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Thread: Fundamentals of Piano pratice

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    Member Davzon's Avatar
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    Default Fundamentals of Piano pratice

    I came across this site the other day, saying about the things we do like scales, and how we attack things is completely wrong. I think in some way I understand where he is coming from, cause we learn pieces by playing scales all the time, but when was the time we ever heard songs with scales just going up and down the piano? I think the most part he was talking about, is we need to try and make whatever we do, is make it a musical practice, but to be honest he might not know what the hell he is on about, so for this I just wanted to know what others thought of his methods I have the website link here... http://www.pianopractice.org/

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    Senior Member CyrilWashbrook's Avatar
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    Quote Originally Posted by Davzon View Post
    I came across this site the other day, saying about the things we do like scales, and how we attack things is completely wrong. I think in some way I understand where he is coming from, cause we learn pieces by playing scales all the time, but when was the time we ever heard songs with scales just going up and down the piano? I think the most part he was talking about, is we need to try and make whatever we do, is make it a musical practice, but to be honest he might not know what the hell he is on about, so for this I just wanted to know what others thought of his methods I have the website link here... http://www.pianopractice.org/
    Apologies for being glib, but why bother learning your A-to-Zs? When was the last time you read a book with letters just going up and down the alphabet?

    I'm not a very good piano player. But I'm sure that I would have been more competent if I hadn't glossed over scales and other technical work when learning. Off the top of my head: they're good for practising and maintaining basic technique, learning to play in an even tempo, gaining control over dynamics and articulation, and developing a more instinctive sense of where your fingers should go when playing in particular key signatures (which in turn helps with sight-reading). Scales aren't the only method of developing/refining those skills, but they're an important part of that process.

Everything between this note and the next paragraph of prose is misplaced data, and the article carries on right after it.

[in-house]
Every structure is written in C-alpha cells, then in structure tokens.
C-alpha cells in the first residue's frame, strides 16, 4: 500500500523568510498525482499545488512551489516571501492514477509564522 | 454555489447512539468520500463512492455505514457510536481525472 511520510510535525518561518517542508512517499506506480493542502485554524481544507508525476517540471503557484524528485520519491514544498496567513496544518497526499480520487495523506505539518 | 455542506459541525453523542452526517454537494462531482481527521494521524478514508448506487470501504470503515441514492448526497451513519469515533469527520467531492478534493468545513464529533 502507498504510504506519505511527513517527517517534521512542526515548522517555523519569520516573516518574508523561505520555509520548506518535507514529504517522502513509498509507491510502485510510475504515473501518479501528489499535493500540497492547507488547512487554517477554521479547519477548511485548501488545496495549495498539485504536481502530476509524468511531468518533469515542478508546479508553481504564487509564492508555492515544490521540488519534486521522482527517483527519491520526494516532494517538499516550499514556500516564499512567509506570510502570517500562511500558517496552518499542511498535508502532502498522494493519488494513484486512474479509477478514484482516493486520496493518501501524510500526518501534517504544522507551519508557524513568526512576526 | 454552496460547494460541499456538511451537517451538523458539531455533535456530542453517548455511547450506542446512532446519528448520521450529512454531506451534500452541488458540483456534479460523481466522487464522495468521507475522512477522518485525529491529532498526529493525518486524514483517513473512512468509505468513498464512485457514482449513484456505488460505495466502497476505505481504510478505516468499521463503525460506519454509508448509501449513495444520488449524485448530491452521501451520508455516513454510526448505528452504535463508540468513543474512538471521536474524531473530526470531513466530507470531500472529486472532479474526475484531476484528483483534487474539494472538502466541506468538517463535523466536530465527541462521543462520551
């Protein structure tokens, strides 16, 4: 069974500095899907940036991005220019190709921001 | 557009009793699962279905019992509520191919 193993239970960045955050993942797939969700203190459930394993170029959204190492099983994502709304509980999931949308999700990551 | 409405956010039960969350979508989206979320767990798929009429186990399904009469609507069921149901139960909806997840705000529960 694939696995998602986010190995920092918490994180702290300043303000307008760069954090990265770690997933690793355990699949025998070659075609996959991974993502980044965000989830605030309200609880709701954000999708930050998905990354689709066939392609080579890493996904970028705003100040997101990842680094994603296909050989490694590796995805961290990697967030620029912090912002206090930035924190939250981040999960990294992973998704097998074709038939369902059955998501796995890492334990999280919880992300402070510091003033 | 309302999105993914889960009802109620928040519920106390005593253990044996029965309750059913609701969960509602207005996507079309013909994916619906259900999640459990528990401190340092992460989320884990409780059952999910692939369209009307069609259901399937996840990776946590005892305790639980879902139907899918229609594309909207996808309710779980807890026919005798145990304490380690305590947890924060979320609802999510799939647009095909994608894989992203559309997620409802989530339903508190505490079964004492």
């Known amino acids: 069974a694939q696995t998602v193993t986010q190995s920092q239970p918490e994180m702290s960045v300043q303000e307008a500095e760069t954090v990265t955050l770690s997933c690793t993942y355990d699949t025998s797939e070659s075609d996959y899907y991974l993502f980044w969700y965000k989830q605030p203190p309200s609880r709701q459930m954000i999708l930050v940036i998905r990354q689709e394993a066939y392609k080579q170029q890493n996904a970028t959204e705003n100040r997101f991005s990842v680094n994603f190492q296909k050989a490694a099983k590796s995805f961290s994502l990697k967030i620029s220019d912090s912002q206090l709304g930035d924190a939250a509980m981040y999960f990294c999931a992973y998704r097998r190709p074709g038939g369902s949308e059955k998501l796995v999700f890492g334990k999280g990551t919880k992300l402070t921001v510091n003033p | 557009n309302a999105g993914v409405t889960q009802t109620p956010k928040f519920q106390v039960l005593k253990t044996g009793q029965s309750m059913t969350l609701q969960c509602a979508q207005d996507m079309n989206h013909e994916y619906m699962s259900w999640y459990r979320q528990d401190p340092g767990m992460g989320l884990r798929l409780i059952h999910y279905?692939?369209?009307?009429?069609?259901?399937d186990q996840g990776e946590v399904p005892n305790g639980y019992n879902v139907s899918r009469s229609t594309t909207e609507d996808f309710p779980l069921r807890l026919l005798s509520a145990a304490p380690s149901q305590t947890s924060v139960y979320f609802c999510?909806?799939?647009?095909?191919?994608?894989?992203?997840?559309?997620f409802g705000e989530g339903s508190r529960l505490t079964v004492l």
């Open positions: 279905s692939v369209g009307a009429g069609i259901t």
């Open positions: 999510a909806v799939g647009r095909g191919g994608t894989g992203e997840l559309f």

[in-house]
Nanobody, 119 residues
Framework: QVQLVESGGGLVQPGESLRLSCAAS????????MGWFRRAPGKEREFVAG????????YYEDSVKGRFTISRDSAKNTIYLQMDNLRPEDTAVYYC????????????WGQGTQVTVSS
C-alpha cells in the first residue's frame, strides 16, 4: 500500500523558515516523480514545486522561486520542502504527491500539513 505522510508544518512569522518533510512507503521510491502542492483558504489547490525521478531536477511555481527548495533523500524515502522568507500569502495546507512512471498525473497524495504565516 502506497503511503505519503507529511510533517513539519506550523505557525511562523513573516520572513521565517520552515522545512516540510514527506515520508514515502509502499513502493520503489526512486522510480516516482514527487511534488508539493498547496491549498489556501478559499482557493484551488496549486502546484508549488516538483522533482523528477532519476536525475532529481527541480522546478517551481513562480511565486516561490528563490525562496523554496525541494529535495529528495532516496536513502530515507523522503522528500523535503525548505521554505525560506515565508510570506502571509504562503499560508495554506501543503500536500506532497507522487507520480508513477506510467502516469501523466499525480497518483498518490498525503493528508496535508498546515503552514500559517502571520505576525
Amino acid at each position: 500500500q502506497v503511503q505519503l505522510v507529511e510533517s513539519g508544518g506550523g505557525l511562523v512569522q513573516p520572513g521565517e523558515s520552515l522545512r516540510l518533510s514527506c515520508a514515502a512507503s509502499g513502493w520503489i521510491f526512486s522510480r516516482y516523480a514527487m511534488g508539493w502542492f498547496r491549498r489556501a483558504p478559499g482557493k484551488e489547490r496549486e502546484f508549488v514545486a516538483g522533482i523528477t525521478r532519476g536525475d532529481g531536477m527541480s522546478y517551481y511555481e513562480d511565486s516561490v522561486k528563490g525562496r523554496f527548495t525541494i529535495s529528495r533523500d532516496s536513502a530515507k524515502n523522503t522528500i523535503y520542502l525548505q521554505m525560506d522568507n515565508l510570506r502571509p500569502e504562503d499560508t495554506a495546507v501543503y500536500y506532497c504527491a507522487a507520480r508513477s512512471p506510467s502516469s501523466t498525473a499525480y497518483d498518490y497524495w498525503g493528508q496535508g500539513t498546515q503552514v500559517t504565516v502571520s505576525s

Also, I've just skimmed part of the book to which you link. If you have interpreted his book as saying that we shouldn't be spending so much time on scales, then I suspect you have severely misinterpreted what he has written. In the section on scales, he criticises the specific technique that many students are taught: as far as I can tell, he reckons that people should be learning what he calls the "thumb over" method rather than the "thumb under" method.

    This is very different to saying that we shouldn't bother with scales. In fact, as he says in bold and italic type on page 135: "Scales and arpeggios must be practiced diligently."

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    Member Davzon's Avatar
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    oh thanks good to know, I've got it wrong cause I kinda like playing scales in general, but I'm always looking for new ways to practice and I saw that come up and thought straight away that's what he meant. it's just I do practice scales and chords and I don't seem to be going nowhere, and I practice hours a day, but don't really spend much time learning pieces.

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    Senior Member CyrilWashbrook's Avatar
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    Quote Originally Posted by Davzon View Post
    oh thanks good to know, I've got it wrong cause I kinda like playing scales in general, but I'm always looking for new ways to practice and I saw that come up and thought straight away that's what he meant. it's just I do practice scales and chords and I don't seem to be going nowhere, and I practice hours a day, but don't really spend much time learning pieces.
    It's a matter of balance, surely. If you're literally setting aside hours a day to practise, then I doubt many people would recommend that you spend all of that time - or even most of that time - on scales or technical work. Technical work, for any instrument, isn't an end in itself: it's really designed to help you play pieces better.

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    Member Davzon's Avatar
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    ahh... I see... so that might be what he was on about then, so it's like 10 percent technical work and 90 percent learning new pieces, I'll have to get myself into that then.

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